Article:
Kate Furman. Photo by Will Crooks

Kate Furman has long pursued a career in jewelry and metalworking. In high school, she went to the Fine Arts Center, then earned a BFA in jewelry and metalworking from the University of Georgia and an MFA at Rhode Island School of Design. Furman never wavered in her desire to become a jewelry maker, and that determination has paid off, as she now works full-time in the Village of West Greenville.

Growing up, Furman was always exposed to the outdoors. She even spent five years as a whitewater rafting guide. That passion for nature is evident in almost all of Furman’s pieces, from woods to gems to metal, as you can feel each piece’s natural signature. Furman says she finds inspiration wherever she goes, whether it’s from purchased stones or natural objects that she collects and molds directly.

“I think of everything being a souvenir of a moment or a place,” she says.

Furman’s work has been showcased all over the world, from Australia to the Netherlands. Many of her larger, avant-garde pieces go to her dealer in New York and are sold to art collectors and interior designers. But her focus isn’t solely on those works, as she also has an extensive collection of wearable jewelry, ranging from necklaces to brooches.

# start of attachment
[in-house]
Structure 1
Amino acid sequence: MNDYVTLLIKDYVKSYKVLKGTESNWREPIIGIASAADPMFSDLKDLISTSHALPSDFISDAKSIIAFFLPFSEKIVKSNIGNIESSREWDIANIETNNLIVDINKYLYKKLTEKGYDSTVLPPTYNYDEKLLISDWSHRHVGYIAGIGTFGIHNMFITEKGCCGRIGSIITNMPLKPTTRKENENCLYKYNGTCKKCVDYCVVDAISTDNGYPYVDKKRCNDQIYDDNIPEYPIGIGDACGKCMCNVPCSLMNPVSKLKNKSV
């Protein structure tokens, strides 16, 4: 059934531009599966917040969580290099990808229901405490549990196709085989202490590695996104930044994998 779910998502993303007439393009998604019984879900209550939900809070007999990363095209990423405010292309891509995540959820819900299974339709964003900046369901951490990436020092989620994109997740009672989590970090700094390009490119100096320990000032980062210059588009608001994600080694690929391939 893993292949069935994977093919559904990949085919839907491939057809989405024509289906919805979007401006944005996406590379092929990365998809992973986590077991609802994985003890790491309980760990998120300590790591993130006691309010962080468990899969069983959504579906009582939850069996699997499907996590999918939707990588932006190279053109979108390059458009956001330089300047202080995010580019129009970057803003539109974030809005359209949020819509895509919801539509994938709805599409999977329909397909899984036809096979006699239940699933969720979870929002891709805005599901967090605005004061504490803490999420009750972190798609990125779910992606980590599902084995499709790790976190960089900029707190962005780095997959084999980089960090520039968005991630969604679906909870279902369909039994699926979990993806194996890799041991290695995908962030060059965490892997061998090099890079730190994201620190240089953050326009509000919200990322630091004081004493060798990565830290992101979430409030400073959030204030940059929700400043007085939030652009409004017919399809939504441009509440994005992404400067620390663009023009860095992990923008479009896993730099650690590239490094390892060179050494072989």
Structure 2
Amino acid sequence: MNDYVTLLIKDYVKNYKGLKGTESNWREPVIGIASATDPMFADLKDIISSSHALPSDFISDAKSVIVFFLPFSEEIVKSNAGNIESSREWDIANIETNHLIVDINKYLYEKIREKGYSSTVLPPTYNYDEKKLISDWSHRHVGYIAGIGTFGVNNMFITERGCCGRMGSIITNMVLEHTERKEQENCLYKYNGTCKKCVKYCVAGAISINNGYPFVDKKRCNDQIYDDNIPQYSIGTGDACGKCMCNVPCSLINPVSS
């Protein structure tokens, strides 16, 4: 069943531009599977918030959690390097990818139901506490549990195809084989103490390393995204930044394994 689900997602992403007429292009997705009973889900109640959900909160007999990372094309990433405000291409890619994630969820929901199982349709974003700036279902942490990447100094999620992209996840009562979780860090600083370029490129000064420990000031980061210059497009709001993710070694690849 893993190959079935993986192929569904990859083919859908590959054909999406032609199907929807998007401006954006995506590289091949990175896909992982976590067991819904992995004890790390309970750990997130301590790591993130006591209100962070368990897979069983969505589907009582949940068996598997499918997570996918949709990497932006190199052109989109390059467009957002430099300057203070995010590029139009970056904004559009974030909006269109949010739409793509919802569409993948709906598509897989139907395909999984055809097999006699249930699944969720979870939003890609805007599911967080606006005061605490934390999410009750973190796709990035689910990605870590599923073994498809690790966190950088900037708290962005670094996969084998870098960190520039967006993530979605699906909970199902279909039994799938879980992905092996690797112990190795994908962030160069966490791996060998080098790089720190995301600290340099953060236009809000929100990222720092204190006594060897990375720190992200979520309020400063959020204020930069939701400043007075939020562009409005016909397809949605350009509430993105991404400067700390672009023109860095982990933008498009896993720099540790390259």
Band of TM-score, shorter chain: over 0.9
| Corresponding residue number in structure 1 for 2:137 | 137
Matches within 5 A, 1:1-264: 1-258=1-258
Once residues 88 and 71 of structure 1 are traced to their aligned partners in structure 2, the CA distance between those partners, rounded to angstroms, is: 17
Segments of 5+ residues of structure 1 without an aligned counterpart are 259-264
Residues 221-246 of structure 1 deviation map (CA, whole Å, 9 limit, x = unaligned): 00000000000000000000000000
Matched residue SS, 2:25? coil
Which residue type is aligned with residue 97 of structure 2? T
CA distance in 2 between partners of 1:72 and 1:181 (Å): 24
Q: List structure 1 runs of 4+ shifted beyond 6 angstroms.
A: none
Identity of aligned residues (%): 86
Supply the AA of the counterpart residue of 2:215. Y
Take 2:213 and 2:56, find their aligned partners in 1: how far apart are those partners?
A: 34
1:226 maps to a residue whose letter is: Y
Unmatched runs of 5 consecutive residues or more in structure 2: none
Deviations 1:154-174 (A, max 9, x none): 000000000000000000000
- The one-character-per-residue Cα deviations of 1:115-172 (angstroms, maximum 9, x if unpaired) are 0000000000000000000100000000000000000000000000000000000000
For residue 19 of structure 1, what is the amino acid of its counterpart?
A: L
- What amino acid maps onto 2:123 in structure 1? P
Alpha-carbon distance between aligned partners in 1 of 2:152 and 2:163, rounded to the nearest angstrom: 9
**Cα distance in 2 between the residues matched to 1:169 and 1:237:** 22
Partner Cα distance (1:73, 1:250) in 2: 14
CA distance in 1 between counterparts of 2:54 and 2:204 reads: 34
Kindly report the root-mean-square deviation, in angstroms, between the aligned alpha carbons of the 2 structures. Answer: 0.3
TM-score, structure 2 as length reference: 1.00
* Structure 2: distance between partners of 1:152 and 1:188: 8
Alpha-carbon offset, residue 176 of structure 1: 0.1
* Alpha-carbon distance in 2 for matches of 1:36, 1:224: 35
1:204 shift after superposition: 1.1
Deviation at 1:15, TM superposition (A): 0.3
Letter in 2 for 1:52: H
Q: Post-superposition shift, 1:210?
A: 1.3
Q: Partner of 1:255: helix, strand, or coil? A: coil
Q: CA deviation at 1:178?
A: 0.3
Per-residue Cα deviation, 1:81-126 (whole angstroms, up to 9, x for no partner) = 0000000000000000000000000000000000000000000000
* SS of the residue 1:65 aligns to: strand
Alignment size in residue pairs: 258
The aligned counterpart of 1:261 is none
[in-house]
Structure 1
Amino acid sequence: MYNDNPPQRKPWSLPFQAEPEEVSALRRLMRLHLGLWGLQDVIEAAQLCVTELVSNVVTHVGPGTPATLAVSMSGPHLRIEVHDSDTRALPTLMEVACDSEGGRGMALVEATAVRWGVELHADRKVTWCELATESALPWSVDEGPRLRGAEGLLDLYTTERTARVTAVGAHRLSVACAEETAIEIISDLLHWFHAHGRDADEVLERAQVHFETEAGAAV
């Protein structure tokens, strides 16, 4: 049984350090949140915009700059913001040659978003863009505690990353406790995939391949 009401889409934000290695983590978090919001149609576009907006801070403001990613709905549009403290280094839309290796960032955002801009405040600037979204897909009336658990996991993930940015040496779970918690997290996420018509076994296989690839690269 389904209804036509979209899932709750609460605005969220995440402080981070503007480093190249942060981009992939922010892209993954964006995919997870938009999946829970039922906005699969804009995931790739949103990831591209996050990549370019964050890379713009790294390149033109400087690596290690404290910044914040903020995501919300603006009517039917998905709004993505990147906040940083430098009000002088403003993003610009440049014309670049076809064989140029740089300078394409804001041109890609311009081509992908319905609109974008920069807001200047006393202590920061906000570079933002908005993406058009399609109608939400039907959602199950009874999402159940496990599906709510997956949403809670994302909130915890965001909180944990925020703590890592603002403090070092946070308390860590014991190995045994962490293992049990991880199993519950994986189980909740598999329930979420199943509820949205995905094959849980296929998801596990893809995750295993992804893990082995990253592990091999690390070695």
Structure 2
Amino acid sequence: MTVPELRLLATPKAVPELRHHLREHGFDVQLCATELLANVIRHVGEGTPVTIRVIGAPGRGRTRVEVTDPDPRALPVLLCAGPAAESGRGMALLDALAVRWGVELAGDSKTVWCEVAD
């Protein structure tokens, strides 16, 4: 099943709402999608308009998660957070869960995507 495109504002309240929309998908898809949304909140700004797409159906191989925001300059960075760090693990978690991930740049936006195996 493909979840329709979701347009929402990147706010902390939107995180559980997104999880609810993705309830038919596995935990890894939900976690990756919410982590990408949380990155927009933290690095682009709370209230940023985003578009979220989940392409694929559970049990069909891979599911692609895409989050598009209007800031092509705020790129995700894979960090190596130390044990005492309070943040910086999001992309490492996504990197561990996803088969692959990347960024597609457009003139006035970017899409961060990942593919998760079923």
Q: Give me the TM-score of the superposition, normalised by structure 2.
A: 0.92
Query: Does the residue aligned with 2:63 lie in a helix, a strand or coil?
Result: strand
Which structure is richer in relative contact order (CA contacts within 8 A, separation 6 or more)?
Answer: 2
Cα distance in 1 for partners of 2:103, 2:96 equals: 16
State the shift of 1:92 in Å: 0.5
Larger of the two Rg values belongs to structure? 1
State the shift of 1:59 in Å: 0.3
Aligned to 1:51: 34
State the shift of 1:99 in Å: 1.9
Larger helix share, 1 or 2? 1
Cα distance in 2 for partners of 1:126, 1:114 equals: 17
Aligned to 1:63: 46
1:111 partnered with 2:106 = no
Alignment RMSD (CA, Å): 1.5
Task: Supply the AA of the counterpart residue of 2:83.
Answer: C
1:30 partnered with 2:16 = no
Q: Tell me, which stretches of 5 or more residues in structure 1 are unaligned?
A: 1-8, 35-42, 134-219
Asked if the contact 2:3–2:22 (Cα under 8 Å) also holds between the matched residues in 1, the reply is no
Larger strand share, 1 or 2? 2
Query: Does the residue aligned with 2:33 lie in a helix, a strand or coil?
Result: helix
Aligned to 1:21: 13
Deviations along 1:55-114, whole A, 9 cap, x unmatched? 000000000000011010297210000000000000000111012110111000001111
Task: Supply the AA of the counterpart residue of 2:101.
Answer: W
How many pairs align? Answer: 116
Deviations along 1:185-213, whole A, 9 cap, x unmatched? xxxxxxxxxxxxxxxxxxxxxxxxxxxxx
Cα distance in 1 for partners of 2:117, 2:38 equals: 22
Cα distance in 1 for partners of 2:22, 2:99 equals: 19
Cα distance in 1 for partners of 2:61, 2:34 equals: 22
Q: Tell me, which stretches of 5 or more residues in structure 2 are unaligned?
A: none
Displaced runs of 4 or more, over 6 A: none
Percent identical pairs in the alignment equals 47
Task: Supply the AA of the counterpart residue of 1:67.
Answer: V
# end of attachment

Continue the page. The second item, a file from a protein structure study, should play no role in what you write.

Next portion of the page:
Kate Furman. Photo by Will Crooks

Her jewelry designs are simple and natural, and are meant to be dressed up or down. “People think of my signature look as the large, signature pieces, but I do lots of smaller, wearable pieces. I’ve even done custom work, like wedding bands,” she says.

Now that Furman has made the switch to a larger studio and full-time career, she has big plans in store. She recently was featured in Metalsmith Magazine, arguably the most notable publication in her creative field.

Furman says she loves the art community in the Village of West Greenville and hopes it continues to grow in the coming years. She’s happy to have inspiration so close to her studio, as her mother, visual artist Linda Q. Furman, is just around the corner. Furman says she hopes to continue to build the jewelry-making program at the Greenville Center for Creative Arts, as well as support the growth of the local art community.

Kate Furman
Jewelry, metalworking
547 Perry Ave.

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